24-Hour Crisis Hotline: (877)SAFEGBC or (877)723-3422 Mental Health & Substance Abuse Issues

6502 Nursery Drive, Suite 100
Victoria, TX 77904
(361)575-0611
(800)421-8825

Autism Spectrum Disorder
Resources
Basic InformationLatest News
Can Medical Marijuana Help Kids With Autism?Developmental Tests Might Spot Autism at Even Younger AgesFor People With Autism, Encounters With Police Can Turn DangerousTreatments Targeting Social Behavior Hormone Show Promise With Autism'Microbiome' May Be Key to Autism SymptomsAutism Diagnoses Reliable at 14 Months, Study FindsYoung Adults With Autism Need Jobs, But Resources Vary By StateCould Treating Gut Bacteria Help Ease Autism Symptoms?Kids With Autism 'In Tune' With Mom's Feelings: StudySmartphone App May Boost Social Skills in Kids With AutismPesticides Tied to Autism Risk in KidsCan Some Children Outgrow Autism?Burden of Autism in Teens Weighs Heaviest on Minorities, PoorLargest Study Ever Finds No Link Between Measles Vaccine, AutismPoor Sleep Plagues Many Kids With AutismAutism, ADHD in One Child Tied to Raised Risk in SiblingsAnother Tally Puts Autism Cases at 1 in 40Prolonged Brain Connections Seen in Adults With AutismU.S. Autism Rate Rises to 1 in 40 Children: ReportMusic Therapy Helps Kids With Autism Connect to OthersDoes Air Pollution Raise Autism Risk?Stigma of Autism Can Take Toll on PsycheAutism Risk: Mom's Health May Matter More Than MedsKids With Autism, Delays More Likely to Be Overweight by Age 5: StudyNumber of Autism Genes Now Tops 100Depression Strikes Nearly 1 in 5 Young Adults With Autism: StudyWhat You Need to Know About Autism Spectrum DisorderKids With Autism Learn, Grow With the 'Social Robot'Research Links Long-Banned Insecticide DDT to AutismNo Link Between Tdap Vaccine, Autism: StudyGoogle Glass Helps Kids With Autism Navigate Emotions of OthersBrain Scans Yield More Clues to AutismResearchers Probe Part of Brain Where Autism Might BeginGuideline Changes Have Asperger's Community on Edge
Questions and AnswersLinks
Related Topics

Childhood Mental Disorders and Illnesses

What You Need to Know About Autism Spectrum Disorder

HealthDay News
by By Len Canter
HealthDay Reporter
Updated: Aug 28th 2018

new article illustration

TUESDAY, Aug. 28, 2018 (HealthDay News) -- Autism spectrum disorder -- or ASD -- is a developmental disability now diagnosed in about one in 37 boys and one in 151 girls in the United States.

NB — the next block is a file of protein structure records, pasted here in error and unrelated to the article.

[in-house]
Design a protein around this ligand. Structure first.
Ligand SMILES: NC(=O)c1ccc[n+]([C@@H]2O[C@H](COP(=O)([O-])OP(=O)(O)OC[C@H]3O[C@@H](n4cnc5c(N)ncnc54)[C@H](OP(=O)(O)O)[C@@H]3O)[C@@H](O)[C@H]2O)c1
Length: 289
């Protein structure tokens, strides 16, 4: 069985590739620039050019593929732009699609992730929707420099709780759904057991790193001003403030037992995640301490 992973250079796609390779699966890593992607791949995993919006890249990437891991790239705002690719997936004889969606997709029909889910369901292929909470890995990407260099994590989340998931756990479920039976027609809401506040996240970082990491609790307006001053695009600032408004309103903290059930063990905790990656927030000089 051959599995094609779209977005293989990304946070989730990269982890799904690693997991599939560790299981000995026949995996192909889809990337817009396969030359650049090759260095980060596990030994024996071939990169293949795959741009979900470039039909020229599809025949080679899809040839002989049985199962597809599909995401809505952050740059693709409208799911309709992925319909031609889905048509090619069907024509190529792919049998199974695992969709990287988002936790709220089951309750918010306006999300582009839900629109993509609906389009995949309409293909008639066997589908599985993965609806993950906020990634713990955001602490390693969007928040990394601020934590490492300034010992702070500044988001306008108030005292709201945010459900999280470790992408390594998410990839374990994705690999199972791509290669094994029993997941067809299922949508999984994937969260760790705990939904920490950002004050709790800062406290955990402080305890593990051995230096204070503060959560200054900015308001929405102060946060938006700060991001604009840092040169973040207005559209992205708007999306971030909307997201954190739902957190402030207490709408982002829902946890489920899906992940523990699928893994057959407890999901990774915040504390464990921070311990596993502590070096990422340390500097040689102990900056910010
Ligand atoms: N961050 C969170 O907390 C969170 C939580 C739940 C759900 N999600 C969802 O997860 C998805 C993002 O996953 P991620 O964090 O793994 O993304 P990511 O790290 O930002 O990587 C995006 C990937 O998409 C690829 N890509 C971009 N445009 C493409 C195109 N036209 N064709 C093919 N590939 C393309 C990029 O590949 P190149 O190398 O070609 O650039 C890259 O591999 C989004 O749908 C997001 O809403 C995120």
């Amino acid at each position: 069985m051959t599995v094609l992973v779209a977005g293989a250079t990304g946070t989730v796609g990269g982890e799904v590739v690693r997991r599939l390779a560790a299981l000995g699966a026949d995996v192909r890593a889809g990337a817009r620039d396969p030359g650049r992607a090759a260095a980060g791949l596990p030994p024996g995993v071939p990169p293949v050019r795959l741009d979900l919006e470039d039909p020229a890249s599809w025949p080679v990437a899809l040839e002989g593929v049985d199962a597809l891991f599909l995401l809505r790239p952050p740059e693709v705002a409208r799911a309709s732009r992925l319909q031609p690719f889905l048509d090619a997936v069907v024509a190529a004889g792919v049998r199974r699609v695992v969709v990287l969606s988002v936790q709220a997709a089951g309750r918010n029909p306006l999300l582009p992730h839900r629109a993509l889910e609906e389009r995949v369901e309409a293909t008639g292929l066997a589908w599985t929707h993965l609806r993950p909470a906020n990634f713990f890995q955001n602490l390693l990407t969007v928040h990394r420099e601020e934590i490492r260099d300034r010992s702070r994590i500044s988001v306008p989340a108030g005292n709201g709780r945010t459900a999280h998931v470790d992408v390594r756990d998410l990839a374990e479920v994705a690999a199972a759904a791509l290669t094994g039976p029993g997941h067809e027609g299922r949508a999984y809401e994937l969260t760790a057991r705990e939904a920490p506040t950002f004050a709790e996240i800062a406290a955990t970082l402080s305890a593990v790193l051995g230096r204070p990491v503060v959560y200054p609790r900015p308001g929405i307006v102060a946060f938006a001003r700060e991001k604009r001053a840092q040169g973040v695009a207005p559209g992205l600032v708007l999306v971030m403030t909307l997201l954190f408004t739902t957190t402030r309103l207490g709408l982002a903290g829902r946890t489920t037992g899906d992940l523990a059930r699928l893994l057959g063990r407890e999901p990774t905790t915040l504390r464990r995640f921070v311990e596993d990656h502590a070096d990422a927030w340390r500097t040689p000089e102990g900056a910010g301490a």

Researchers are learning more about why differences in the brain develop and result in autism spectrum disorder, which includes autism and Asperger's syndrome. Both environmental factors and genetic risks are being investigated, but more studies are needed to reveal all the answers.

There's one thing known for sure: The sooner ASD can be identified, the sooner a child can be helped.

Signs of autism spectrum disorder are often apparent early in life. Children may show hints within their first few months, like the baby who doesn't seem interested in people around him. Other ASD babies seem to develop normally until 18 to 24 months, at which point they stop learning or lose skills, like the toddler who doesn't want to play peek-a-boo.

Most signs typically appear between 12 and 18 months of age.

First signs of concern. The child:

  • Doesn't respond to his or her name by 12 months.
  • Doesn't point to or show interest in objects by 14 months.
  • Doesn't play pretend games by 18 months.
  • Avoids eye contact.
  • Has delayed speech and language skills.

Later signs of concern. The child:

  • Repeats words over and over.
  • Gives unrelated answers to questions.
  • Gets upset by minor changes in routine.
  • Flaps hands, rocks his or her body or spins in circles.
  • Has unusual reactions to the way things sound, smell, taste, look or feel.

Children with ASD often learn in ways that are different from the norm. They might be great with puzzles or computer games, but struggle with talking, sharing or making friends. They might have a hard time showing feelings and understanding the feelings of others, and have sensory issues and not want to be touched.

Pediatricians should screen all children for developmental delays and disabilities during key wellness visits. This involves a short test to check if the child is learning basic age-appropriate skills. The doctor might talk and play with your child to see how he or she talks, acts and learns.

Screening Schedule:

  • Developmental screening at wellness visits at 9, 18 and 24 or 30 months.
  • Screening specifically for ASD at 18 and 24 months.
  • More frequent screening if at high risk, such as having an immediate family member with ASD or showing behaviors associated with ASD.

If the doctor sees any signs of a problem, he or she should recommend a comprehensive evaluation from a specialist, such as a developmental pediatrician, or a child neurologist or psychologist.

More information

The U.S. Centers for Disease Control and Prevention has information for families about ASD.